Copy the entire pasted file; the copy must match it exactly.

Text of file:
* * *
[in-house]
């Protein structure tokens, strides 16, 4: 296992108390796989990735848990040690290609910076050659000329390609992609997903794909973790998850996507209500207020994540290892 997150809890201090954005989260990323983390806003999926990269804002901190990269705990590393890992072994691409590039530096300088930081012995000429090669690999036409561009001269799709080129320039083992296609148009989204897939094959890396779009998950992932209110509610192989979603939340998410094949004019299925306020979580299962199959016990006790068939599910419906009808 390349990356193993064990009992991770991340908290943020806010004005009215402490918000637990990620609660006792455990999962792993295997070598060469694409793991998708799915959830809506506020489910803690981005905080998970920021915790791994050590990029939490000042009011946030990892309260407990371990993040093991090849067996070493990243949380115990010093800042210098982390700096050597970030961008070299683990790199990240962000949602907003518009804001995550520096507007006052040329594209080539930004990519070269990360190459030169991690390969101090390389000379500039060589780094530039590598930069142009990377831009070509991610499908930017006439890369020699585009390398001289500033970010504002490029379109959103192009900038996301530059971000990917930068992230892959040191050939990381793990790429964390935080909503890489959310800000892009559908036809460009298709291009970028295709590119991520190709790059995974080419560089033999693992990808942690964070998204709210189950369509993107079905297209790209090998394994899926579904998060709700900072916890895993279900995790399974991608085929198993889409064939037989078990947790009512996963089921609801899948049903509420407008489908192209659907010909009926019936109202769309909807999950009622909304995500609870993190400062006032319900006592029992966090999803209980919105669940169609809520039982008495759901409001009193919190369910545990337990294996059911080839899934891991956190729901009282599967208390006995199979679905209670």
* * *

[in-house]
């Protein structure tokens, strides 16, 4: 296992108390796989990735848990040690290609910076050659000329390609992609997903794909973790998850996507209500207020994540290892 997150809890201090954005989260990323983390806003999926990269804002901190990269705990590393890992072994691409590039530096300088930081012995000429090669690999036409561009001269799709080129320039083992296609148009989204897939094959890396779009998950992932209110509610192989979603939340998410094949004019299925306020979580299962199959016990006790068939599910419906009808 390349990356193993064990009992991770991340908290943020806010004005009215402490918000637990990620609660006792455990999962792993295997070598060469694409793991998708799915959830809506506020489910803690981005905080998970920021915790791994050590990029939490000042009011946030990892309260407990371990993040093991090849067996070493990243949380115990010093800042210098982390700096050597970030961008070299683990790199990240962000949602907003518009804001995550520096507007006052040329594209080539930004990519070269990360190459030169991690390969101090390389000379500039060589780094530039590598930069142009990377831009070509991610499908930017006439890369020699585009390398001289500033970010504002490029379109959103192009900038996301530059971000990917930068992230892959040191050939990381793990790429964390935080909503890489959310800000892009559908036809460009298709291009970028295709590119991520190709790059995974080419560089033999693992990808942690964070998204709210189950369509993107079905297209790209090998394994899926579904998060709700900072916890895993279900995790399974991608085929198993889409064939037989078990947790009512996963089921609801899948049903509420407008489908192209659907010909009926019936109202769309909807999950009622909304995500609870993190400062006032319900006592029992966090999803209980919105669940169609809520039982008495759901409001009193919190369910545990337990294996059911080839899934891991956190729901009282599967208390006995199979679905209670």